These estimates could and should be further refined, but both the Elliott estimates and the Deakin-Harvey estimates strongly suggest that massive savings -- several billion dollars in time benefits, along with several hundred millions in smog benefits, plus billions of dollars of extra revenues -- could be realized by an all-roads congestion charge and a 1-cent emissions charge. The same combination with freeways-only congestion charges would yield two or three times lower smog benefits and negligible net time benefits. This was not just true of projections for the year 2010; it was also true of Deakin-Harvey's baseline modeling year, 1991. See D-H's 10¢/peak mile scenario, in the Appendix. If the models and assumptions are true, the average household was losing about $700 in preventable smog and congestion costs every work year, in 1991, and has continued to do so for almost a decade of dithering over pricing policy. We shall never get it back. If these estimates are half-right, or even a tenth-right, the costs of inaction on emission, and, especially, on congestion charges have already far outweighed the costs of action. The Task Force's recommendation to "develop a strategy to implement mid- and long-term, fair and equitable region-wide congestion and emission [fees]" was a prudent, minimal acknowledgement of these costs, and should have been a significant step toward reducing them.

VI. Phasing in with HOT lanes

No one thought then that Los Angeles could duplicate Singapore's feat, more than 20 years previously, of adopting optimal road pricing overnight, even though it immediately cut traffic in Singapore's central business district by 40 percent and made it one of the most accessible in the world. Singapore was small, disciplined, unified, tolerant of heavy government exactions for owning and using cars, and very far away. The South Coast Basin was and is large, sprawling, decentralized, not so disciplined as Singapore, and intolerant of government exactions, especially those affecting mobility. Road pricing may look good to experts and study committees, but many skeptical people in the general public would have to be persuaded before it can become a reality on the roads here. Settling on a long-range goal was the Task Force's first step. Settling on a way to get there was the second.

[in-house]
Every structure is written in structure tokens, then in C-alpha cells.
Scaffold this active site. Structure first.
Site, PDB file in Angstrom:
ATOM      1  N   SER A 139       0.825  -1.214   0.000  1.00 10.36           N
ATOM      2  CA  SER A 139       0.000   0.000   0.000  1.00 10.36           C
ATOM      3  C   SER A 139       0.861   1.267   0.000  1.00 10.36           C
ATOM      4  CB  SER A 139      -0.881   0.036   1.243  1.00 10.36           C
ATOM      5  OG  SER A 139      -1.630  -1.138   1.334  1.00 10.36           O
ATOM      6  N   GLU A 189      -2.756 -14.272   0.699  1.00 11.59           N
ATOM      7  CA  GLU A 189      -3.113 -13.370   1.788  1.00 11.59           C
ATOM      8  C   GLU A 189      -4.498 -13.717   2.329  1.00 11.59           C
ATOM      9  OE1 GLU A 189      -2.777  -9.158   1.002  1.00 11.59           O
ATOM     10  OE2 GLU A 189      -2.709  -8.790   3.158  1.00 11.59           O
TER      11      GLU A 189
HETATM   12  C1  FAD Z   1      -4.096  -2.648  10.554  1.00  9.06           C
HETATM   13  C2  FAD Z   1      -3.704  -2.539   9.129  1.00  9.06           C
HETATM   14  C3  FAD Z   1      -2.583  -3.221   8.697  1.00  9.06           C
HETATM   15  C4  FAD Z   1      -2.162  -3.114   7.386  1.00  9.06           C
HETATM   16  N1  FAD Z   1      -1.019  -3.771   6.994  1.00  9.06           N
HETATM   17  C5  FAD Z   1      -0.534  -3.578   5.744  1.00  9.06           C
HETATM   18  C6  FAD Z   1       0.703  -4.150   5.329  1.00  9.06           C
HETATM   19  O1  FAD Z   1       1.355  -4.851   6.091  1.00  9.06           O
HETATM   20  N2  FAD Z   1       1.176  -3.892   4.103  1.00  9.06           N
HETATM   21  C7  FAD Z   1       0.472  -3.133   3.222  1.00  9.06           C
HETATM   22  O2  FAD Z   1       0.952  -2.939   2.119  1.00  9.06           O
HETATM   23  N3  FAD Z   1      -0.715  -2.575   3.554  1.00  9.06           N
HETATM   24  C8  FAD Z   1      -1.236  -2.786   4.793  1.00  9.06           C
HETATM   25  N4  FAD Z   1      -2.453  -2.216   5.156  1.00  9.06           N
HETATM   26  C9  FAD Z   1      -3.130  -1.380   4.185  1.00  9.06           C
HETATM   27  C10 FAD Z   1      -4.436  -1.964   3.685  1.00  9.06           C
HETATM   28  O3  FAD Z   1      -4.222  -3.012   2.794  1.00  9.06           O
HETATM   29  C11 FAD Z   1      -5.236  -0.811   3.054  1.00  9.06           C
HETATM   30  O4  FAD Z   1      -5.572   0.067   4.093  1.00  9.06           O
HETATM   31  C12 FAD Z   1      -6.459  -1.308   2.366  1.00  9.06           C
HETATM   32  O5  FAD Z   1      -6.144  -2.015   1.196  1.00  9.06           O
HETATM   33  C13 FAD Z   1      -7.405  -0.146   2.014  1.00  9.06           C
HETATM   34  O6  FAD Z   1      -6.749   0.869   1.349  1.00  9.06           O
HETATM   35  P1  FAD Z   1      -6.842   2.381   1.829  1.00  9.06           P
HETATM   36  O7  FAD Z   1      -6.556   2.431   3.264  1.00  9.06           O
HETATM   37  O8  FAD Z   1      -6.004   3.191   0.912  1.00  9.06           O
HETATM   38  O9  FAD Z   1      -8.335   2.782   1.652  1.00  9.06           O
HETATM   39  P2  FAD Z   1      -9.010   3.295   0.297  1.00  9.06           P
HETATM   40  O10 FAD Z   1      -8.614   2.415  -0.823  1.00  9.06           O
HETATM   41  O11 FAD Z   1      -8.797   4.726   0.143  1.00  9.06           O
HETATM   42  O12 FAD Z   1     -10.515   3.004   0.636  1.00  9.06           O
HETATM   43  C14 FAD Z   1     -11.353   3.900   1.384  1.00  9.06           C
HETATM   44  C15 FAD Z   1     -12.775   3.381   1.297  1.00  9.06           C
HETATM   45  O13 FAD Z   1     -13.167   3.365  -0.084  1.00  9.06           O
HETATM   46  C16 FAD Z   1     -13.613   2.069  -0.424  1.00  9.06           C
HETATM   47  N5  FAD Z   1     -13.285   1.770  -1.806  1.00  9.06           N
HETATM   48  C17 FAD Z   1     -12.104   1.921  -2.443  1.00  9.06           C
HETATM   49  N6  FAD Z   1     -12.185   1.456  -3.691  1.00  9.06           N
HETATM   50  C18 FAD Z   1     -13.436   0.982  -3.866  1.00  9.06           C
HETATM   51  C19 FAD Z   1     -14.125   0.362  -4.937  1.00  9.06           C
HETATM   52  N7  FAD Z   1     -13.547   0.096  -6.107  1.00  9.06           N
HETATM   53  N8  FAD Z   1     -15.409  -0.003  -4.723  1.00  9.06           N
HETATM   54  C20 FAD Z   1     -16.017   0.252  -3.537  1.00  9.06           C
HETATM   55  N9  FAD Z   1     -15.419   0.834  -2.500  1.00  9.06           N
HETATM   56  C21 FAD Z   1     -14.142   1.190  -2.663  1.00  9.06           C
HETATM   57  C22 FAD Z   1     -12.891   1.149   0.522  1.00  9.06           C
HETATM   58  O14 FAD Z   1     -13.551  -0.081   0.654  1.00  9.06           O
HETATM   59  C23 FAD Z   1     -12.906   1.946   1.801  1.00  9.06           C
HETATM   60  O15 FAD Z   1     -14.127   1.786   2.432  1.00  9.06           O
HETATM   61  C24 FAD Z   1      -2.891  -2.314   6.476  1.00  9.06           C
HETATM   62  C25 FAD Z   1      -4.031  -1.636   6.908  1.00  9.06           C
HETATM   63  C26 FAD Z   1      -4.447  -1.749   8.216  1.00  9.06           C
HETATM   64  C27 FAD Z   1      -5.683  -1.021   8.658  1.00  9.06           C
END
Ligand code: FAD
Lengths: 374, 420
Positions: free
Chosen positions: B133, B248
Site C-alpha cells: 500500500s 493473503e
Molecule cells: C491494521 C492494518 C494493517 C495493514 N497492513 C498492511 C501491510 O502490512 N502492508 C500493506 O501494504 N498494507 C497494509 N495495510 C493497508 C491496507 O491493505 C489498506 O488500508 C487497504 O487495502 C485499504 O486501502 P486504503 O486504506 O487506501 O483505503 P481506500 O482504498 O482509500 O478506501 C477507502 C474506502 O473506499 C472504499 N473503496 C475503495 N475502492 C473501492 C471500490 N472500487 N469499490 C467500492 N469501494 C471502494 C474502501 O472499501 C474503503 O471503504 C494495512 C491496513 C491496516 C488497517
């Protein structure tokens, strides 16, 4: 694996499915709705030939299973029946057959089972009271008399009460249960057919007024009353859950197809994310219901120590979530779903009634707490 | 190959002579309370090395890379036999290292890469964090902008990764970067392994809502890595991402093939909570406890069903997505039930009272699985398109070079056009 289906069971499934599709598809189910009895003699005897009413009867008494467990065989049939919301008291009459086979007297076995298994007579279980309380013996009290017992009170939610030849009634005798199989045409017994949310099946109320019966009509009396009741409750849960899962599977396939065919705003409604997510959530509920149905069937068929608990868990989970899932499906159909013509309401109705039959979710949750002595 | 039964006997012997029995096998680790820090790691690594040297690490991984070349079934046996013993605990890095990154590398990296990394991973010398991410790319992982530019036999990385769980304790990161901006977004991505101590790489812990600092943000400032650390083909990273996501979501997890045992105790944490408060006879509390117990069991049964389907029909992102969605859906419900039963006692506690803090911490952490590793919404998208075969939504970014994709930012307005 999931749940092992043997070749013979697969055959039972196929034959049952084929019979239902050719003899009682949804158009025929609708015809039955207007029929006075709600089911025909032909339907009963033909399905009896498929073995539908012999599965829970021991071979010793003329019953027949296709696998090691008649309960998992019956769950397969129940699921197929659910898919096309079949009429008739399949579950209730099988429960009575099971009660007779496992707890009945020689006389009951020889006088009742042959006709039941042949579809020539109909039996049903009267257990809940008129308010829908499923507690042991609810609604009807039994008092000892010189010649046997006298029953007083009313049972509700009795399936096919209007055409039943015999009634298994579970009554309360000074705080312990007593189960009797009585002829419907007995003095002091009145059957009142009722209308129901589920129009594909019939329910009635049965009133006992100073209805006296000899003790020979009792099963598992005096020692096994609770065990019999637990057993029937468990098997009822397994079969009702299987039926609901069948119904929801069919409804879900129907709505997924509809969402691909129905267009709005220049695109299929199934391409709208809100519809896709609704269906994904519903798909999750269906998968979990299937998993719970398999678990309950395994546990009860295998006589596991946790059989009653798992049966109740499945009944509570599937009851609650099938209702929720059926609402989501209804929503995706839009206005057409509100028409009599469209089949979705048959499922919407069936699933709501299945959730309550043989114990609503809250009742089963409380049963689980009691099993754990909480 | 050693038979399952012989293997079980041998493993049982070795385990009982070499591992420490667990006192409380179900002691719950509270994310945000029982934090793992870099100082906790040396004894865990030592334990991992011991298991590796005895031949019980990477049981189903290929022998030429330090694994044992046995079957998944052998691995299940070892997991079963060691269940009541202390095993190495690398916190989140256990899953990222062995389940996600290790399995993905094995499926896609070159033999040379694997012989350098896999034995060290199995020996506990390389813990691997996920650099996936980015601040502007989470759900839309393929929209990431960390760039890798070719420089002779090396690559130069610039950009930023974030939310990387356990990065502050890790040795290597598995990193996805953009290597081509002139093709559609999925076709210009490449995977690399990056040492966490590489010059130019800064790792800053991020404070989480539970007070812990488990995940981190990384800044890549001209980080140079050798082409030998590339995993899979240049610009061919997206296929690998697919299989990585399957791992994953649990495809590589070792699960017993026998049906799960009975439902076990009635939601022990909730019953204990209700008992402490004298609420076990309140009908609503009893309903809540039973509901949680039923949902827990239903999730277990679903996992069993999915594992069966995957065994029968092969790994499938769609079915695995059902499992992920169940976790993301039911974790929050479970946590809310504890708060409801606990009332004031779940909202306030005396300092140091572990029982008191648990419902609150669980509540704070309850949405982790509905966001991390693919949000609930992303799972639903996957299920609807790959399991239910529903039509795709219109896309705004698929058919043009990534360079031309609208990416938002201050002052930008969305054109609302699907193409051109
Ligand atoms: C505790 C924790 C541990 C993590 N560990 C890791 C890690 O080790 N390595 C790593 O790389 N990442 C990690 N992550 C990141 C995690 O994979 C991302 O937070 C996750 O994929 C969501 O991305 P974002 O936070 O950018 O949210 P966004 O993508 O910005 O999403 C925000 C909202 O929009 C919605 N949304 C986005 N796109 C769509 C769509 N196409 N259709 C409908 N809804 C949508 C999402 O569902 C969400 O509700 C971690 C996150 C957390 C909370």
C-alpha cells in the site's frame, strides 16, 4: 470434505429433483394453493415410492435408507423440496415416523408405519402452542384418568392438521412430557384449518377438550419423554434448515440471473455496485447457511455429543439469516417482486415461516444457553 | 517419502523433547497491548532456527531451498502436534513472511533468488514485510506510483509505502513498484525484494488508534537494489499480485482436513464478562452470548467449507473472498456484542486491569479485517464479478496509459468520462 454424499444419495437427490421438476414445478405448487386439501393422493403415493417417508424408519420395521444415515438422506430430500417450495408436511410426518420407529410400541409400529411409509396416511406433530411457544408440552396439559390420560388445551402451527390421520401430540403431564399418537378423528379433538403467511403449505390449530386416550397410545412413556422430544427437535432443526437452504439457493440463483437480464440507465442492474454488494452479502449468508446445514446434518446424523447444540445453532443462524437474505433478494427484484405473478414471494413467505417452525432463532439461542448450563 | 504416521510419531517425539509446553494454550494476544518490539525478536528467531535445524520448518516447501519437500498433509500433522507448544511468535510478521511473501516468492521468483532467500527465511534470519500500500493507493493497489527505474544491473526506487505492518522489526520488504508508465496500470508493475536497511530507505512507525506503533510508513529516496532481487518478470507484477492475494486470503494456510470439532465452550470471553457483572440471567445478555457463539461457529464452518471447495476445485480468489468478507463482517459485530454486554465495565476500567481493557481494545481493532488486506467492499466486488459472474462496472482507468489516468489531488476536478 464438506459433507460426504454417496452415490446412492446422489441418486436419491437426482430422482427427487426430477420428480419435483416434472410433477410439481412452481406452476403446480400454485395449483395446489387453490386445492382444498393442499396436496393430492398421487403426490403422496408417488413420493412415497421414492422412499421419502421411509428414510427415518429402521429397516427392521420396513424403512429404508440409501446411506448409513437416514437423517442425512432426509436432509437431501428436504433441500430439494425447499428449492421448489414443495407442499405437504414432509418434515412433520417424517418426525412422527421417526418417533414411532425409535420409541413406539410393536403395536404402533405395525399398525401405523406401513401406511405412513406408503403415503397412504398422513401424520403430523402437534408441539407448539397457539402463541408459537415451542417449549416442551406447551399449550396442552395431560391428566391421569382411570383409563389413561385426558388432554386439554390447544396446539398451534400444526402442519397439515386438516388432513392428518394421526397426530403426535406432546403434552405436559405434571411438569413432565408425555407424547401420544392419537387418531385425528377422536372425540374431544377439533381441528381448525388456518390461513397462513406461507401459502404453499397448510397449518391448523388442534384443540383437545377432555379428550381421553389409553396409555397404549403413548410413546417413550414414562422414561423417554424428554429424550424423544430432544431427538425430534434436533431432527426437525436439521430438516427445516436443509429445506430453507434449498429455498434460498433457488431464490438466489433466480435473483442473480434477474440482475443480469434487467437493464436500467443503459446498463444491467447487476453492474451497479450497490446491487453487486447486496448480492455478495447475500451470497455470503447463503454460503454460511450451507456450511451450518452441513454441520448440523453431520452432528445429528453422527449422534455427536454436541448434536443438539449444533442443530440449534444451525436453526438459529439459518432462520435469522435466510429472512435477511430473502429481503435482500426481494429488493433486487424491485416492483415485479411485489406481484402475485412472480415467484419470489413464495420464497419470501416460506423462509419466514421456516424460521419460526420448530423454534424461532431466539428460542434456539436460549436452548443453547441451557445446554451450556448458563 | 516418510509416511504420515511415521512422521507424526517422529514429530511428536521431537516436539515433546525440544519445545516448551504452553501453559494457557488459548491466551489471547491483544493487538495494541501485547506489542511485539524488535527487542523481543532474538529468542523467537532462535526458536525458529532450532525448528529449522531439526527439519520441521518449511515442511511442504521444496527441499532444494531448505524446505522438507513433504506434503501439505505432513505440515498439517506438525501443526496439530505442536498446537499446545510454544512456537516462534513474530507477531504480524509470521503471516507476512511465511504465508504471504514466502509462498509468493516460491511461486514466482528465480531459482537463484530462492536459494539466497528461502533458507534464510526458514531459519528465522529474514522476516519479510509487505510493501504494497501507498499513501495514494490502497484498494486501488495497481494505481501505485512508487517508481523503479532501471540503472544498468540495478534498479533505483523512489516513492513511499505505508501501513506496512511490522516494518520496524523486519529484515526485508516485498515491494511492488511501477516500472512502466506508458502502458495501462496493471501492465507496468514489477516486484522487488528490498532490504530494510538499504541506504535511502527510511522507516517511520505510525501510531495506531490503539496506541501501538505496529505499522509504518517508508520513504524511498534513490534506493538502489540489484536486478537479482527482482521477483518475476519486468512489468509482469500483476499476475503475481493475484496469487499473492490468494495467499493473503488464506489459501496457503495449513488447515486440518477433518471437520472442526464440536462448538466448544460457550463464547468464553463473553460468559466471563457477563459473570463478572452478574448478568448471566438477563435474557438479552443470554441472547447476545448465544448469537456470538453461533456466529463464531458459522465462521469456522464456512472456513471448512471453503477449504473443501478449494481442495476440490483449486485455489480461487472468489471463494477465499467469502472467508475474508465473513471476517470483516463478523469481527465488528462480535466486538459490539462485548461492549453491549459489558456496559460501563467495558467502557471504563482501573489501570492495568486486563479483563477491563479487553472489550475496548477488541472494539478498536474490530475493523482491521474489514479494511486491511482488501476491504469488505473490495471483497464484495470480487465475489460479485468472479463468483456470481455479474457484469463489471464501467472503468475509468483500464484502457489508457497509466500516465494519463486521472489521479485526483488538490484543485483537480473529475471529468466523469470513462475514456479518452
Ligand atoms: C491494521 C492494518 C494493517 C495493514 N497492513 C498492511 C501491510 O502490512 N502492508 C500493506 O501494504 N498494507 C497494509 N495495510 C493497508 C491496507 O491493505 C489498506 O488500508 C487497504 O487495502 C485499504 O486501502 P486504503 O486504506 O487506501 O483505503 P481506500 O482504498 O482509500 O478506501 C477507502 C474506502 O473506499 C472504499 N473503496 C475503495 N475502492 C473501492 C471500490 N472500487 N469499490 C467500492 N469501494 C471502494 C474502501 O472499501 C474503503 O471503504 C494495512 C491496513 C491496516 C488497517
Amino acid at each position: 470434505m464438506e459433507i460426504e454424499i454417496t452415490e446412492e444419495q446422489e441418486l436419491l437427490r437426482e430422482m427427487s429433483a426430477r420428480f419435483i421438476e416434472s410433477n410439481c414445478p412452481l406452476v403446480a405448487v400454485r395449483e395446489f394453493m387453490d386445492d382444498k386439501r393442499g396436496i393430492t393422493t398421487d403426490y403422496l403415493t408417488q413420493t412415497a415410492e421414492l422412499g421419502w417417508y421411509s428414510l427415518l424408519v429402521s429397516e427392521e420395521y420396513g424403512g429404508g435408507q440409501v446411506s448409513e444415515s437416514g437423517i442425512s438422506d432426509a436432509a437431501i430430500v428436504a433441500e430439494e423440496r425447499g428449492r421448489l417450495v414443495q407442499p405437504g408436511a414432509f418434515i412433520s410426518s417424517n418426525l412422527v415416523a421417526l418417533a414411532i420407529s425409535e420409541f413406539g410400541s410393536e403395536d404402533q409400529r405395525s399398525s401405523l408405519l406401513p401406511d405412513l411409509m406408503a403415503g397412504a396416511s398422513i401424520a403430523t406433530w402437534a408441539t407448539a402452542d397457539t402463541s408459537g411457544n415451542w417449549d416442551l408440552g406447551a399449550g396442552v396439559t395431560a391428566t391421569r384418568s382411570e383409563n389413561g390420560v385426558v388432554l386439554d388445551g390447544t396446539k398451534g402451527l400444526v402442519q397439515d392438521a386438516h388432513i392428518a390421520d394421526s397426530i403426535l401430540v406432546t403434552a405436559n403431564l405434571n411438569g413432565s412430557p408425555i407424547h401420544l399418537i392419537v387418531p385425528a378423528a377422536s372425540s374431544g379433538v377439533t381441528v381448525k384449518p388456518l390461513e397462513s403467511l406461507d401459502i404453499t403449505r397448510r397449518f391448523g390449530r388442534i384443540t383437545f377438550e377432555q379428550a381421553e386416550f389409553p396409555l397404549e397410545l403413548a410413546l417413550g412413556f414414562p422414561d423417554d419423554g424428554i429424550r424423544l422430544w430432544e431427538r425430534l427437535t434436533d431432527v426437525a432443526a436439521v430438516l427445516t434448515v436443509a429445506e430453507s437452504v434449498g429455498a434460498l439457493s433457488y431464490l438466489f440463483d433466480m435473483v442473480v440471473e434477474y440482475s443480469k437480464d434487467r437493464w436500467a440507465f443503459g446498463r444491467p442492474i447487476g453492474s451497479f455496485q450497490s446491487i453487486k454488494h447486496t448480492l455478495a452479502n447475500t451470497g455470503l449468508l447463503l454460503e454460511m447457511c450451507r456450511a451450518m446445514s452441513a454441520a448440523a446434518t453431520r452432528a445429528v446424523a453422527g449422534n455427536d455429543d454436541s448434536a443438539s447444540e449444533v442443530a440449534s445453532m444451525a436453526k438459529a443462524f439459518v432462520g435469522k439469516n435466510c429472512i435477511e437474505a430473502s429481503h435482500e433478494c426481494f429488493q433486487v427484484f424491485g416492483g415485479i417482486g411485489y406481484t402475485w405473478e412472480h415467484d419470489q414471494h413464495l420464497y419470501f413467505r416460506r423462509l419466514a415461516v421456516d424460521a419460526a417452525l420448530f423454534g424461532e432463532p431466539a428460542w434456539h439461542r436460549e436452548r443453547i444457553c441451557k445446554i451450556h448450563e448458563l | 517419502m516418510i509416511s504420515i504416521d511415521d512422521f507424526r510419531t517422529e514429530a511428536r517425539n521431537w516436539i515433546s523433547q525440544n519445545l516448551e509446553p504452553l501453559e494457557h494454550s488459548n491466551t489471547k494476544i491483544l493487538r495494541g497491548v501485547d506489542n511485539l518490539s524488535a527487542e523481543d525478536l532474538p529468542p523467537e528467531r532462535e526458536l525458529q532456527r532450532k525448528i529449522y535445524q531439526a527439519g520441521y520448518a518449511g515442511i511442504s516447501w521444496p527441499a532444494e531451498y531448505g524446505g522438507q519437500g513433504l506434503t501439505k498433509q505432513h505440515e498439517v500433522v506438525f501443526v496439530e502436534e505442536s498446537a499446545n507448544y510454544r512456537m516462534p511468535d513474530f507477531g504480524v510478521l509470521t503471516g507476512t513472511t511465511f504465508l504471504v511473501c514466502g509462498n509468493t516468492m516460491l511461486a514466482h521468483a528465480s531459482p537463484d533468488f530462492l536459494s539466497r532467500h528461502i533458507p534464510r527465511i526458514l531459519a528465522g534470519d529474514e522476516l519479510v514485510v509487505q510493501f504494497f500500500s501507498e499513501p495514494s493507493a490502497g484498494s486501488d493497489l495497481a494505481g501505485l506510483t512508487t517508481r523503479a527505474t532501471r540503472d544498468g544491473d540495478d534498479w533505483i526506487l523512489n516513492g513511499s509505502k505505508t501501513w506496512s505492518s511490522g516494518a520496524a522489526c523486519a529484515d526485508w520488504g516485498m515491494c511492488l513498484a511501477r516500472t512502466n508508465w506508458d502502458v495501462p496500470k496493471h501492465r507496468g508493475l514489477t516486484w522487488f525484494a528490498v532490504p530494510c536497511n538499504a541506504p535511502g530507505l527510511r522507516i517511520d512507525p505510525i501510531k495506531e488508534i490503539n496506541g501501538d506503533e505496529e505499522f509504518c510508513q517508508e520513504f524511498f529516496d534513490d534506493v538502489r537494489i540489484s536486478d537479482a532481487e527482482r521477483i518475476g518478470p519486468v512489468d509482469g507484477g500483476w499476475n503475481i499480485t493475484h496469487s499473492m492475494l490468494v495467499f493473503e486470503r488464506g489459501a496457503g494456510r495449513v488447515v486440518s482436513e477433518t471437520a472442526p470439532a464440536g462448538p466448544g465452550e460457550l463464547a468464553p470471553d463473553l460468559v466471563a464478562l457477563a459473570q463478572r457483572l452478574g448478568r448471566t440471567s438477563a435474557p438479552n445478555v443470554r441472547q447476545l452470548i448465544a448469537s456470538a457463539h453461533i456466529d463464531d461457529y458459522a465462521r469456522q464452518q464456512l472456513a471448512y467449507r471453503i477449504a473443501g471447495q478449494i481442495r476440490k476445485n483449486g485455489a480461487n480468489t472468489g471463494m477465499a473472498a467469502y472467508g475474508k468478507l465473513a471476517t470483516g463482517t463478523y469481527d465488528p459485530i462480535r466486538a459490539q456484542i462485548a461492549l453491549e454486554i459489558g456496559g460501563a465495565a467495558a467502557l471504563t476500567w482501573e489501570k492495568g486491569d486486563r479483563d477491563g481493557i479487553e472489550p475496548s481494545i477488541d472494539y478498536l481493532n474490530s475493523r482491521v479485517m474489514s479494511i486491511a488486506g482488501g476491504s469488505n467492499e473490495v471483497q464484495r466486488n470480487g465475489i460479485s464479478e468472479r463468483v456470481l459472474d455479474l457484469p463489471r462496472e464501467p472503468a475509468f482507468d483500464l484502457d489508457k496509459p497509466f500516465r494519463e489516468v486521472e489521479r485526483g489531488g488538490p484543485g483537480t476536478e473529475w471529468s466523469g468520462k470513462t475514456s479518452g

The Task Force's Strategy Committee, and, briefly, the Task Force itself, debated between two phase-in strategies. The first alternative was a strategy of low emission charges for everyone, perhaps to be ratcheted up in the future, depending on public acceptance. The second was a strategy of HOT-lane (i.e., high-occupancy/toll) pilot projects, like that on the Riverside Freeway (SR 91). On this then-just-opened project, new fast lanes were paid for by user fees of up to 25 cents a mile during peak hours, but (at the time) were also open free to HOV-3's, vehicles with three or more occupants. The Task Force settled firmly on the second alternative, HOT lanes, recommending an unspecified number of additional HOT-lane projects by 1999. SCAG endorsed two HOT-lane projects in its Draft 1998 Regional Transportation Plan (SCAG, 1998, p. I-21), one for California SR-14 in Los Angeles County, one for Federal I-15 in Riverside County. Neither of these has materialized, however.